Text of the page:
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ROYAL NAVY SOUTH ATLANTIC COMMAND - ROYAL NAVY A B SHIPS

1)ACHILLES (LIGHT CRUISER)



Photo. www.wikipedia.org



Class and type Leander-class light cruiser


Builder: Cammell Laird, BirkenheadEngland 


Laid down 11 June 1931 


Launched 1 September 1932  


Commissioned 10 Oct 1933 


Out of service loaned to Royal New Zealand Navy 1 October 1936 


Fate: Sold to Indian Navy 5 July 1948


Displacement: 7,270 tons standard  9,740 tons full load


Length: 554.9 ft (169.1 m)


Beam: 56 ft (17 m)


Draught: 19.1 ft (5.8 m)


Propulsion: Four Parsons geared steam turbines. Six boilers. Four shafts 72,000 shp


Speed: 32.5 knots (60 km/h) Range: 5,730 nmi at 13 knots


Complement: Peacetime 550. Wartime 680


Armament: Original configuration: 8 × 6 in guns 4 × 4 in guns


12 × 0.5 in machine guns 8 × 21 in torpedo tubes


Armour: 3 in magazine box 1 inch deck1 inch turrets


Aircraft carried: One catapult-launched aircraft. Original type was a Fairey Seafox catapult and aircraft later replaced with Supermarine Walrus


Cruiser Achilles saw intensive action in the south Atlantic from October 1939 to January 1940 in search for German merchant ships and in the Battle of the River Plate.


Achilles was originally built for the Royal Navy, and was commissioned as HMS Achilles on 10 October 1933. She would serve with the Royal Navy's New Zealand Division from 31 March 1937 up to the creation of the Royal New Zealand Navy, into which she was transferred in September 1941 and renamed HMNZS Achilles. Her crew was approximately 60 per cent from New Zealand.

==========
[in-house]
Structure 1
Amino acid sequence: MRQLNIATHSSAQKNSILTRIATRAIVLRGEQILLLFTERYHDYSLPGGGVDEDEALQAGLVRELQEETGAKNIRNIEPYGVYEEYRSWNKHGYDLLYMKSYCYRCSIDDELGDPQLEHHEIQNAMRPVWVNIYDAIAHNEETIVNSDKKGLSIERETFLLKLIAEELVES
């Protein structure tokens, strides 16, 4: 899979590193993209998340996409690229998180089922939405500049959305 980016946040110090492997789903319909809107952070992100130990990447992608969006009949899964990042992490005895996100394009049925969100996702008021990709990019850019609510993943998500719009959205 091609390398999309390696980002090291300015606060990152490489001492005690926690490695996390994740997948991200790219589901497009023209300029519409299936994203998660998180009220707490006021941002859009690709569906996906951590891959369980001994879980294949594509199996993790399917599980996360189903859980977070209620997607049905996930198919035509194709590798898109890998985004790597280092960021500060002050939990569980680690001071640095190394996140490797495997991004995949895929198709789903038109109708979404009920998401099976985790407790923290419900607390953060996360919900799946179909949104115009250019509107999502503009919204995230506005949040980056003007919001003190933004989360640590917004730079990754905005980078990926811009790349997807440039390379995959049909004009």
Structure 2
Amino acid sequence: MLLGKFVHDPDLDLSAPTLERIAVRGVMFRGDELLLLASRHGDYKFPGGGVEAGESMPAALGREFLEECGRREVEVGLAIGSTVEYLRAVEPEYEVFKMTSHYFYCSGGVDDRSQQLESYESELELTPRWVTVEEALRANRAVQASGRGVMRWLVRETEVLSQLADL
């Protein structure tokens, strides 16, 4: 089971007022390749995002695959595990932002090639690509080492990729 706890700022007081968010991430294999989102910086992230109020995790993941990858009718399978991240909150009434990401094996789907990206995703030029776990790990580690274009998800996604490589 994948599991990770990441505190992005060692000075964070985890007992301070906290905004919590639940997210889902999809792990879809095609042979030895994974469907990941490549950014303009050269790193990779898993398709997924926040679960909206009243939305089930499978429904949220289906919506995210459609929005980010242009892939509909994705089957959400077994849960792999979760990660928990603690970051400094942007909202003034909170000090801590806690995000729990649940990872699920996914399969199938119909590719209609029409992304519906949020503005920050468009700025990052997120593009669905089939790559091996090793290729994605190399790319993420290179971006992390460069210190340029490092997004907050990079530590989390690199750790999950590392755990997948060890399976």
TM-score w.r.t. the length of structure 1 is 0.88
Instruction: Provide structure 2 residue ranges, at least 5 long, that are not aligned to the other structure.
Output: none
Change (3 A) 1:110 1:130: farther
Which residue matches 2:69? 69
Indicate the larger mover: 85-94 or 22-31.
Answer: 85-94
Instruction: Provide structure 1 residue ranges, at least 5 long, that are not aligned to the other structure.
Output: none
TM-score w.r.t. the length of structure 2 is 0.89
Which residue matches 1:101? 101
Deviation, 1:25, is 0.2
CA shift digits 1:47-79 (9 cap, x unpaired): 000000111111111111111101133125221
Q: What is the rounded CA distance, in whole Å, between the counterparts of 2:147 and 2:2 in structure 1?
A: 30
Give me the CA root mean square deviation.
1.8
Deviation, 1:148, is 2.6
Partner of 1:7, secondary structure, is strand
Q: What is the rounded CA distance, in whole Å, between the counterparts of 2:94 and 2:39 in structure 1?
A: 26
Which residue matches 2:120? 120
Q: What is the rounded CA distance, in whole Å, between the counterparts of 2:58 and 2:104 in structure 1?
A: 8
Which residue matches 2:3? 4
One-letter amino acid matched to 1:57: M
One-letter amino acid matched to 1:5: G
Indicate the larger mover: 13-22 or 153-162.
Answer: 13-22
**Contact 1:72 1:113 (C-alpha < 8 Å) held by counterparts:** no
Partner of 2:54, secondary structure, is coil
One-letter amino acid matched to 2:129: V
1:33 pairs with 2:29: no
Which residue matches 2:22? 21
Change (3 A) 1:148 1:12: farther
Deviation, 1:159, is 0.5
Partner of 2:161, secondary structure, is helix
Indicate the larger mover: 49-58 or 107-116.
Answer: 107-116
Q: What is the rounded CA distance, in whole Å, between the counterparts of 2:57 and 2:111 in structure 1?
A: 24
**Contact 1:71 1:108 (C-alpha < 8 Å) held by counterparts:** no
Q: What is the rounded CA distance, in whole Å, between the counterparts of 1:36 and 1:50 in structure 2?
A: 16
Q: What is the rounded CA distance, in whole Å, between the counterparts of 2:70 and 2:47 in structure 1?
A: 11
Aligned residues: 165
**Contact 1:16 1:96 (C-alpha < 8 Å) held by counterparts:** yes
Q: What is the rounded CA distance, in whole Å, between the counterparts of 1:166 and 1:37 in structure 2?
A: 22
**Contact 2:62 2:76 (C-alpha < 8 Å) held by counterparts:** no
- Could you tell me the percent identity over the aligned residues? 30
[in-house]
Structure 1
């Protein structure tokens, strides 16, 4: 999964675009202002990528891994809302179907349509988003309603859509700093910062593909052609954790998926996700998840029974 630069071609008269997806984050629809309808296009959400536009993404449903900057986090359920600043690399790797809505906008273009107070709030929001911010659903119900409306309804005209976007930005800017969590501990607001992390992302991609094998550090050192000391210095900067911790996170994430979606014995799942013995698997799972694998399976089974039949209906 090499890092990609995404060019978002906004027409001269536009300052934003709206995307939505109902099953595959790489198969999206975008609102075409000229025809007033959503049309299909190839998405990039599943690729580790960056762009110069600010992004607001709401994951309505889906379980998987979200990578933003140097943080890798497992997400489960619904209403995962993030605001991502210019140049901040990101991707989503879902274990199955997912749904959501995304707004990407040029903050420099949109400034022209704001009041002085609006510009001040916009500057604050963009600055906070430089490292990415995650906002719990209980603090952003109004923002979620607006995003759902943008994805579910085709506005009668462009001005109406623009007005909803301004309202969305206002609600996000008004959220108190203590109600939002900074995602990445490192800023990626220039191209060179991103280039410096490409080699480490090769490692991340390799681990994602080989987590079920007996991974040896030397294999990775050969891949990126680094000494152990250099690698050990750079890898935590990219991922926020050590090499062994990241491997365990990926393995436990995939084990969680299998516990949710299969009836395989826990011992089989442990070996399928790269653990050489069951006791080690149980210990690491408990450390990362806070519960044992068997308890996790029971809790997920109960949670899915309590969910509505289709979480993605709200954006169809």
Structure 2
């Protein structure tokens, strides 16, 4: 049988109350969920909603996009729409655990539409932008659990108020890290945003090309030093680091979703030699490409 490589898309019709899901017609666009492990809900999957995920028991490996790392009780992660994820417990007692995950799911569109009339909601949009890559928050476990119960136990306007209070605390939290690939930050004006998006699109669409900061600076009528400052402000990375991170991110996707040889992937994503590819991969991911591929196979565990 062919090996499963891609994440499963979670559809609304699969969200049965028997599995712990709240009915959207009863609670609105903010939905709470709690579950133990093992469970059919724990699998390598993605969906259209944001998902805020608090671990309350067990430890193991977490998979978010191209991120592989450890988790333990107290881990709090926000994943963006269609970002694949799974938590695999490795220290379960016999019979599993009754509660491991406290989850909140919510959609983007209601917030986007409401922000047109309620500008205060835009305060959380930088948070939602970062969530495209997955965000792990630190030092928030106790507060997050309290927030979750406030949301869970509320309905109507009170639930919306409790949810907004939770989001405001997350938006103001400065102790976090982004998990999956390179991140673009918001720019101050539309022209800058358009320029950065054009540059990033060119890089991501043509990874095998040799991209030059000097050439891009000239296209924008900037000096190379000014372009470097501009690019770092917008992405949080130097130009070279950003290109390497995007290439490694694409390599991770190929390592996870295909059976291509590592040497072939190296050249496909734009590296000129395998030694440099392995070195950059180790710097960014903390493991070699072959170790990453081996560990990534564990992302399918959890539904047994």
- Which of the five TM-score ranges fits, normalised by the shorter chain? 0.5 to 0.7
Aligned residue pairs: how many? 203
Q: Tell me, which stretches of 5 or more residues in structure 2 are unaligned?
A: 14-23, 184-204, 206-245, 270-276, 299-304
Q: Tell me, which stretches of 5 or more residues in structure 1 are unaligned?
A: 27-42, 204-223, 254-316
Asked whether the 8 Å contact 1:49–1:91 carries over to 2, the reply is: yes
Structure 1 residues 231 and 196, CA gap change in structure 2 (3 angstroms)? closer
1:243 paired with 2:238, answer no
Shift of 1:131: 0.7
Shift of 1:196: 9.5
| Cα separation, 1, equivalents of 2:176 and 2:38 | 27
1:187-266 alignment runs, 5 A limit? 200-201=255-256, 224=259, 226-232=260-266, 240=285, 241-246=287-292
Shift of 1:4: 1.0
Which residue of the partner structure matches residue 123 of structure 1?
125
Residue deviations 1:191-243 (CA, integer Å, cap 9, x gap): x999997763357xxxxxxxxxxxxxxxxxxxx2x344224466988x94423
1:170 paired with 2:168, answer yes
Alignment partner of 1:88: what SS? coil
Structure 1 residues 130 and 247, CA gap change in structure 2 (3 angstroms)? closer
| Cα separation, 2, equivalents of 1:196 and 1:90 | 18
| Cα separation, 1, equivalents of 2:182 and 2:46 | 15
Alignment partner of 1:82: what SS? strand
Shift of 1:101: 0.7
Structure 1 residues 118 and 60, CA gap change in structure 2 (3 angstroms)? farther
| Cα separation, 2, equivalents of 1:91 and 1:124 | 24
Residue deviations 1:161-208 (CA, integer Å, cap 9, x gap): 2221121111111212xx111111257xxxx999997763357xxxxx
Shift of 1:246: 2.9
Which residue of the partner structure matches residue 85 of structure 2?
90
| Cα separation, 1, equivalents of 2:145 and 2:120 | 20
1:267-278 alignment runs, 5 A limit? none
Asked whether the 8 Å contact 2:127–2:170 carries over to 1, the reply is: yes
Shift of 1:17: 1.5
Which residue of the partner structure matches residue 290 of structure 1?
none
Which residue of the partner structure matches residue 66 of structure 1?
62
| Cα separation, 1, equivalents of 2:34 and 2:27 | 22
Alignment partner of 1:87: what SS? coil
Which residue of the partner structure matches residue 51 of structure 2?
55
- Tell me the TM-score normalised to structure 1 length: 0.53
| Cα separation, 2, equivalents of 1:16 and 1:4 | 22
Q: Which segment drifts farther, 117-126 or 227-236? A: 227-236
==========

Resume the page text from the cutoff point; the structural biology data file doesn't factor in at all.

At the outbreak of the Second World War, Achilles began patrolling the west coast of South America looking for German merchant ships, but by 22 October 1939 she had arrived at the Falkland Islands, where she was assigned to the South American Division under Commodore Henry Harwood and allocated to Force G (Exeter and Cumberland).


In the early morning of 13 December 1939, a force consisting of Achilles, Ajax and Exeter detected smoke on the horizon, which was confirmed at 06:16 to be a pocket battleship, thought to be the Admiral Scheer but which turned out to be the Admiral Graf Spee. A fierce battle ensued, at a range of approximately 20 kilometres (11 nmi). Achilles suffered some damage. In the exchange of fire, four crew were killed, her captain, W. E. Parry, was wounded; 36 of Graf Spee’s crew were killed.


 

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